(AP) TALLAHASSEE, Fla. (AP) — Florida is emerging as an epicenter of the nation’s polarizing politics in the final days of the 2018 campaign.
In the closely contested campaign for governor, President Donald Trump and GOP nominee Ron DeSantis have used what has been called racially coded language to slam Democrat Andrew Gillum. The battles for the governor’s mansion and a key U.S. Senate seat are playing out in communities still recovering from a killer hurricane and one of the nation’s deadliest school shootings.
Virtually every hot-button cultural issue tearing at the nation — including guns, race and the environment — is unfolding in a deeply personal way here.
That’s a sharp change in a state where elections notoriously come down to the wire. Politicians in both parties traditionally focus on winning over moderate voters, especially those living along Interstate 4 in the shadow of Disney World, to eke out a win. Not so in the Trump era as each side scrambles to mobilize its strongest supporters.
“This election is truly a choice between results and resistance,” Trump told a crowd during a rally in southwest Florida. “This is really an election between greatness and gridlock.”
Trump’s visit is just one of two stops planned this week to bolster DeSantis and Gov. Rick Scott’s U.S. Senate campaign.
The Democrats are out in force in the Sunshine State, as well. Former President Barack Obama visited Democratic-vote-rich South Florida on Friday, and Vermont Sen. Bernie Sanders visited college campuses mid-week, urging students to vote for Democratic nominee Gillum, the Tallahassee mayor who could become the state’s first black governor.
Democratic candidate for Florida governor Andrew Gillum, left, greets U.S. Sen. Kamala Harris, D-Ca., in Miami. (AP Photo/Lynne Sladky, File)
Speaking to a crowd of about 3,000 in Miami, Obama warned voters not to get bamboozled by misinformation while Republicans allow polluters to poison the environment, give tax cuts to billionaires and take healthcare away from millions.
“We need leaders who will actually stand up for what’s right regardless of party,” Obama said. “Leaders who represent the best of the American spirit. Patriots who will stand up for anyone whose fundamental rights are at stake.”
During his stop at the University of Central Florida, Sanders railed at Trump and contended he was coming to the state because he is worried that DeSantis will lose the governor’s race. DeSantis, a former congressman, won the GOP primary over a much-better-funded opponent largely based on Trump’s backing.
“I say to Donald Trump: This country has struggled with discrimination of all kinds for too many years,” Sanders said. “We say to Trump today, ’We are not going backwards into more discrimination. We are going forward to celebrate our diversity.”
The ramped-up campaign rhetoric in the closing days shows signs of bringing a surge of voters with it.
This election is on pace to significantly surpass the turnout of Florida’s past five midterm elections, stretching back two decades. By Friday, nearly 4.1 million people had either voted by mail or at an early voting location.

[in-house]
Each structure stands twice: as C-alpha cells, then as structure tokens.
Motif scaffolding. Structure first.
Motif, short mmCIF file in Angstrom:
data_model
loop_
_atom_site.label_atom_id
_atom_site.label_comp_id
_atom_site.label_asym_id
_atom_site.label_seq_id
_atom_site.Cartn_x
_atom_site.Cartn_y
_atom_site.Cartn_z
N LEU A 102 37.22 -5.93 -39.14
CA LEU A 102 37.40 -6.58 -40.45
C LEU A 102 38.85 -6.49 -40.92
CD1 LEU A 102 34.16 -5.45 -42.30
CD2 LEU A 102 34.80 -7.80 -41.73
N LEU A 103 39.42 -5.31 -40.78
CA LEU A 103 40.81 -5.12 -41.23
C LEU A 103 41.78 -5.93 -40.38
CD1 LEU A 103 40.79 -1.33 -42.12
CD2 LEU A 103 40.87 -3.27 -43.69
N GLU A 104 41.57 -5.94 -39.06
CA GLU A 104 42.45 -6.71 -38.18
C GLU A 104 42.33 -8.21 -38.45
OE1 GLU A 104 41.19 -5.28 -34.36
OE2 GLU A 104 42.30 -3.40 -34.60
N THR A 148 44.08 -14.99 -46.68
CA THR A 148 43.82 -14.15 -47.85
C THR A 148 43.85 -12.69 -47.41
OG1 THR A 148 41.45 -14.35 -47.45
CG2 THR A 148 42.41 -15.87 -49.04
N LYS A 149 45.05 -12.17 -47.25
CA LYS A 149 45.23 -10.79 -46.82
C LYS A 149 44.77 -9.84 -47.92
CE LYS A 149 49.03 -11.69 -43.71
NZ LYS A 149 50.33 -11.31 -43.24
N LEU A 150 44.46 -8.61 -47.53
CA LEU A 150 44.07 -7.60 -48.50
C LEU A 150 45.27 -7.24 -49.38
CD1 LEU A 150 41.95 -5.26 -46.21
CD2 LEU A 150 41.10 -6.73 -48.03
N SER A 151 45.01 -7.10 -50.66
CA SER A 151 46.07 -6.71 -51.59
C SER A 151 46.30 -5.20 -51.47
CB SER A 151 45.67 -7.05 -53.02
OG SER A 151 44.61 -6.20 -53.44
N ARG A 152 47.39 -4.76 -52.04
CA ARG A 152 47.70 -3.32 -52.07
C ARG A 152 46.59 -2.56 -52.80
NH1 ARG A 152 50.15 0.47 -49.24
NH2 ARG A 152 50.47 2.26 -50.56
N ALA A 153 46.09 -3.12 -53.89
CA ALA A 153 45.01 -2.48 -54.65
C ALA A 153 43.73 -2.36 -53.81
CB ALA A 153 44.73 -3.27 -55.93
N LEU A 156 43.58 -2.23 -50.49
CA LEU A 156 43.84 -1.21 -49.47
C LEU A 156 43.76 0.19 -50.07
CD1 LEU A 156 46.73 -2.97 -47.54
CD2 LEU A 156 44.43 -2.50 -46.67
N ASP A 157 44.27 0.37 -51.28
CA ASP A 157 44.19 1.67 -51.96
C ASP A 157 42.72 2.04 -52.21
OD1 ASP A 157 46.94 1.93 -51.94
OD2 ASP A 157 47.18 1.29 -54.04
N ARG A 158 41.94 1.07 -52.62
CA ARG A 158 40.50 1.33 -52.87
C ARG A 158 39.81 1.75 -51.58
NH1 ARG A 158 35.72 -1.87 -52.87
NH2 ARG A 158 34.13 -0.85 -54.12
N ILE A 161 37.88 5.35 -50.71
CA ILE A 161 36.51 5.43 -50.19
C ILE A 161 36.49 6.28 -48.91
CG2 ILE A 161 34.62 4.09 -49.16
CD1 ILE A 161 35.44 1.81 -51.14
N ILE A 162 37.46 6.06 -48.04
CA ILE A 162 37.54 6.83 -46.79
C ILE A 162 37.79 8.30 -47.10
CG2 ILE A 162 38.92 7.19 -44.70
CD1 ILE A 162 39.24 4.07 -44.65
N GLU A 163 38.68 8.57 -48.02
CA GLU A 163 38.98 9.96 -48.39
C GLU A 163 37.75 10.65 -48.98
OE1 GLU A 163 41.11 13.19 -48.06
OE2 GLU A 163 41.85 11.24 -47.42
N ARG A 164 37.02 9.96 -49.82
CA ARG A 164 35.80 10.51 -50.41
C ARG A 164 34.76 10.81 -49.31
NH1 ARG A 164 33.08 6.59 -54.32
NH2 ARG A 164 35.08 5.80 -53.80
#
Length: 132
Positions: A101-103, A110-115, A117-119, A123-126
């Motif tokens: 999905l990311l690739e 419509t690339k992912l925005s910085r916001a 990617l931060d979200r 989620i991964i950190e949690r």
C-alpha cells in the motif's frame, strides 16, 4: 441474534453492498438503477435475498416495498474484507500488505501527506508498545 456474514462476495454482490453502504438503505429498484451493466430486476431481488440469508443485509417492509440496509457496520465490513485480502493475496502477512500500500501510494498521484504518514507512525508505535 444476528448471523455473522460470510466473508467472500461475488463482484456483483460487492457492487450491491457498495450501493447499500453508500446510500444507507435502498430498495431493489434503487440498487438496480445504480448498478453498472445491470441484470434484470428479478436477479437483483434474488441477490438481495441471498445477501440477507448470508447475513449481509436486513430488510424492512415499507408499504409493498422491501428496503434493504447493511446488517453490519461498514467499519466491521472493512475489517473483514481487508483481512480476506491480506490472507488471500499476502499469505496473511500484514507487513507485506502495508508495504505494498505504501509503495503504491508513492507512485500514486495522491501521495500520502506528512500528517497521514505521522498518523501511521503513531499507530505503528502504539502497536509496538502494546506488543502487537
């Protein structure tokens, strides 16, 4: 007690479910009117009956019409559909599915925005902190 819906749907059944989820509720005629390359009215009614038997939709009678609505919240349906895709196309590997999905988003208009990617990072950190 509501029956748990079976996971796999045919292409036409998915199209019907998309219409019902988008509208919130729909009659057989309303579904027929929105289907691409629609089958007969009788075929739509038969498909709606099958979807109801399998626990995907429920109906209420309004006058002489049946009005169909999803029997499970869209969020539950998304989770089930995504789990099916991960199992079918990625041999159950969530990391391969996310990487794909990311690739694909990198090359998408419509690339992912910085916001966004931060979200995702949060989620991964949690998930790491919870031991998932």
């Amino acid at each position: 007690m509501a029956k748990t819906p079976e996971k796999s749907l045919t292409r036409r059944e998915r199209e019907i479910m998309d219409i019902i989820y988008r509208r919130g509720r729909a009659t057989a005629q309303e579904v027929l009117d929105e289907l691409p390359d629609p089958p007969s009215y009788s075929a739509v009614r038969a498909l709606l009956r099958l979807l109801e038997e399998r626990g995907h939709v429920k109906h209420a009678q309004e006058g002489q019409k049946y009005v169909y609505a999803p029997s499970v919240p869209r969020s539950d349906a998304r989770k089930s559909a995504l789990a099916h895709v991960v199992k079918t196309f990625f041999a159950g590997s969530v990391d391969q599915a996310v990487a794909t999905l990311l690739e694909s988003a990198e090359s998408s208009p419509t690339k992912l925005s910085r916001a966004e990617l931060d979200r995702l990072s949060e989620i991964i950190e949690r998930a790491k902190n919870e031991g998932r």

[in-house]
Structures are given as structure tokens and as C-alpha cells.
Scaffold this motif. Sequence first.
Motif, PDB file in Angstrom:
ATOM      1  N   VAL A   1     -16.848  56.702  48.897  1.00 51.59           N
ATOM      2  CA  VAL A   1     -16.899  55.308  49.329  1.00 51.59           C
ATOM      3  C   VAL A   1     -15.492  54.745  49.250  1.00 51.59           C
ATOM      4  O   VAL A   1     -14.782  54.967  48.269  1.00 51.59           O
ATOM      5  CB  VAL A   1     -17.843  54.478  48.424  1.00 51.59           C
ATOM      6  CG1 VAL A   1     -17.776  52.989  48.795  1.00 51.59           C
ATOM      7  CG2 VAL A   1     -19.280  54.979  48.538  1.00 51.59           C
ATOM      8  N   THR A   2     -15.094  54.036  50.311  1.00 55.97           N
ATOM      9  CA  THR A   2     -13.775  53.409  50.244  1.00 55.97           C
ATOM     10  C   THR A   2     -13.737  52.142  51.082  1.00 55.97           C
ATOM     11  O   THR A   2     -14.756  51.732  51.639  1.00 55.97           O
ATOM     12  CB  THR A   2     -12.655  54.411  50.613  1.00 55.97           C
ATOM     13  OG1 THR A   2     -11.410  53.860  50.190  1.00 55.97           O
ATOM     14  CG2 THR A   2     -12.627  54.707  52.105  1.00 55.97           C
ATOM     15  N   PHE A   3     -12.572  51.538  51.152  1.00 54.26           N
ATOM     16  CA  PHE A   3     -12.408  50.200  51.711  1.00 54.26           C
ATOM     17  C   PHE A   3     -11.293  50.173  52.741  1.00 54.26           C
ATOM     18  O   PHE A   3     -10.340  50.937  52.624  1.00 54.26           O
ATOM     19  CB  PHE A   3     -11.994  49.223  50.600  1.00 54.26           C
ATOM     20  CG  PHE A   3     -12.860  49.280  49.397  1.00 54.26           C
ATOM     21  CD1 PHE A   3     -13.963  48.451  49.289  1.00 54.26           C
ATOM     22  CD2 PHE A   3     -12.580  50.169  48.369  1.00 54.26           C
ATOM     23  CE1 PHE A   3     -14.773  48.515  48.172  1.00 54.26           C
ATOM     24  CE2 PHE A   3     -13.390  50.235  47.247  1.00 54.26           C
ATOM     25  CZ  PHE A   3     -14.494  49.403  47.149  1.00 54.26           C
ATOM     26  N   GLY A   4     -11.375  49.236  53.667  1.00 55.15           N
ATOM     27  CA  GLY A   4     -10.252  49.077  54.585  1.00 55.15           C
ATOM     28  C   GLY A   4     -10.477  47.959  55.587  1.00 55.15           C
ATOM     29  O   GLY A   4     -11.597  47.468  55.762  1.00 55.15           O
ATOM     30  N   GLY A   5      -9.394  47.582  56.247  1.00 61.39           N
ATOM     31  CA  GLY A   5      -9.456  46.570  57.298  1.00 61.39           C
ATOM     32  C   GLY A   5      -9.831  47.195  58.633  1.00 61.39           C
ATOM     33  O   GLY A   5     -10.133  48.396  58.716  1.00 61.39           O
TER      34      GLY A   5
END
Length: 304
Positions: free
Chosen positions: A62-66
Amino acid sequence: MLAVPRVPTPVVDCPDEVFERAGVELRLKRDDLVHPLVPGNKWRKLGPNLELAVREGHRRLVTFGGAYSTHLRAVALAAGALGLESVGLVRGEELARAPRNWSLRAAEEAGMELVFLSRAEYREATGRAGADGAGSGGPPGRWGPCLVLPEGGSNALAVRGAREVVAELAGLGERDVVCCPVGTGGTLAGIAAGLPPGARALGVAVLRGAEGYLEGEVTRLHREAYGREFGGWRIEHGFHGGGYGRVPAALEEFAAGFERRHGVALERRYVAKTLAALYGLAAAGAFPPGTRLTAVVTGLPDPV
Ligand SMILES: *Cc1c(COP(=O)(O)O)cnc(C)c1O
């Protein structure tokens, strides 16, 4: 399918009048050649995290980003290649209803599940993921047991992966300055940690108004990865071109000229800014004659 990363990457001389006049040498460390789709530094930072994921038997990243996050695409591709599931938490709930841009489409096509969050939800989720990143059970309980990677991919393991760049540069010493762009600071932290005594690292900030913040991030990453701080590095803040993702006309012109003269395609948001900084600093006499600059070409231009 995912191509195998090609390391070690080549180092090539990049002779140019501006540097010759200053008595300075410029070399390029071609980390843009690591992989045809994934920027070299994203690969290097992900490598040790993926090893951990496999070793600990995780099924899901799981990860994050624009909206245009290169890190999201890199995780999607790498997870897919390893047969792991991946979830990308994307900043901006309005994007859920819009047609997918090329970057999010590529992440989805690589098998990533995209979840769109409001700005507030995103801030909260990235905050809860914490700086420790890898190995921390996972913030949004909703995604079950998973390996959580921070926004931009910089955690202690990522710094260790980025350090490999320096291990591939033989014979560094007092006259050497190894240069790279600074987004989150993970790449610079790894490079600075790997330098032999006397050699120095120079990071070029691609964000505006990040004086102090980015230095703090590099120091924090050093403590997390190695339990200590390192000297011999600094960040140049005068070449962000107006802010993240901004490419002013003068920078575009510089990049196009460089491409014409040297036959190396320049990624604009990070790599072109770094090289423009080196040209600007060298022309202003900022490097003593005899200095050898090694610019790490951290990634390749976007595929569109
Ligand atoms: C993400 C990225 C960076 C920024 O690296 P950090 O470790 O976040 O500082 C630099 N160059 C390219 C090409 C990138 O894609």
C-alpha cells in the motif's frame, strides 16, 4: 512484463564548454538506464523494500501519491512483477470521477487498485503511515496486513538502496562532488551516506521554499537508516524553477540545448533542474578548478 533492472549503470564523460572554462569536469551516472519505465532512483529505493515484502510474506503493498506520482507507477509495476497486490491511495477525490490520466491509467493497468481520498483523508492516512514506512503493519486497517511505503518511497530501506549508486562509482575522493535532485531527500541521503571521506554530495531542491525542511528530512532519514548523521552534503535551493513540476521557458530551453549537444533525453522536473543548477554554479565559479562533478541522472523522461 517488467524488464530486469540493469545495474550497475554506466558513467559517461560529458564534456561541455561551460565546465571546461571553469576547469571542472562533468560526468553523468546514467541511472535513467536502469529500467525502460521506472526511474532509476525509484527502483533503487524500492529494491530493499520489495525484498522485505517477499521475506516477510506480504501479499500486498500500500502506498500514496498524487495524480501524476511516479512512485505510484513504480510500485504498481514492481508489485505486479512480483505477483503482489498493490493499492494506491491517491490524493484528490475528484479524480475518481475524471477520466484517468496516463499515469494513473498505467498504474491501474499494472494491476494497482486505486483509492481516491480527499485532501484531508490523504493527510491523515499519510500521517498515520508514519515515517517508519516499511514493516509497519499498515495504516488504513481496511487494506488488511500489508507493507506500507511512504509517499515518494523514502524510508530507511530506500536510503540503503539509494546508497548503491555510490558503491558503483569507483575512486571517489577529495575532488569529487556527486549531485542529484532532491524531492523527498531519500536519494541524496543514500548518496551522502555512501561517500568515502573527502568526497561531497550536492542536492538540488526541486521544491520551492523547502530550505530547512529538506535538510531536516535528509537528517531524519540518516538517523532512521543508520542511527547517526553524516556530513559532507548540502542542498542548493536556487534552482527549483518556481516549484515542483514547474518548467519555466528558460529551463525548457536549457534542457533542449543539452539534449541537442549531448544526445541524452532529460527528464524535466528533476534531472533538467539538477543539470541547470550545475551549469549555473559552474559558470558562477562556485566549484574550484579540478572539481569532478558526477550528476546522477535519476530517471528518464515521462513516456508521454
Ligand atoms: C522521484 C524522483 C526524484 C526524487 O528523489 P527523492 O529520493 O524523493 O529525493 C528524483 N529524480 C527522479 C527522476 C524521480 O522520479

Election Day will wrap up a bitter campaign season that witnessed the battle between DeSantis and Gillum veer into racial politics and heated exchanges over a long-simmering FBI investigation involving Gillum’s home city.
Right after the primary, DeSantis said Florida voters shouldn’t “monkey this up” by electing Gillum, a comment Democrats contend was racially charged. Trump also called Gillum a “thief” and corrupt, a move the mayor says is meant to reinforce negative stereotypes of black men.
The Gillum campaign, meanwhile, cut ties with a Democratic Party vendor and a campaign volunteer caught on video calling Florida a “cracker” state and saying the campaign was taking advantage of “white guilt.”
The Senate race between Scott and incumbent Democrat Bill Nelson has taken a back seat to the governor’s race, but it too has centered largely on name-calling and insults lobbed in tens of millions of dollars’ worth of negative television ads. Scott has painted Nelson as an ineffective career politician, while Nelson has labeled Scott untrustworthy because of questions about how the multimillionaire governor has handled his finances while in office.
For months, Scott had kept his distance from Trump and even disagreed with the president on items such as the death toll in Puerto Rico after Hurricane Maria. But he joined Trump in southwest Florida and plans to be with him again Friday in Pensacola. For some voters, that may prove to be all the difference.
“I’m not a huge Rick Scott supporter,” said Allison Chiddo, a West Palm Beach resident who attended Trump’s Estero rally. “He’s part of the swamp.... I’m not going to sit here and BS you. I don’t trust either one. I’m going to vote the way Trump sees it.”
During Trump’s mid-week rally, DeSantis took the stage, where he bashed Gillum as a “failed mayor” who was “hanging out with Bernie Sanders.” DeSantis also railed at Gillum for saying that Trump should be impeached.
Gillum, during a stop this week at a bayside restaurant in Destin, barely mentioned Trump or DeSantis but still got in a jab.
“I don’t care who’s on the other side of us, I am always going to be team Florida, so whether it’s Donald Trump or Ron DeSantis, if you come after Florida, if you come after Floridians, you’re gonna have to go through me,” he said.
Associated Press writers Tamara Lush in Estero, Mike Schneider in Orlando and Brendan Farrington in Destin contributed to this story.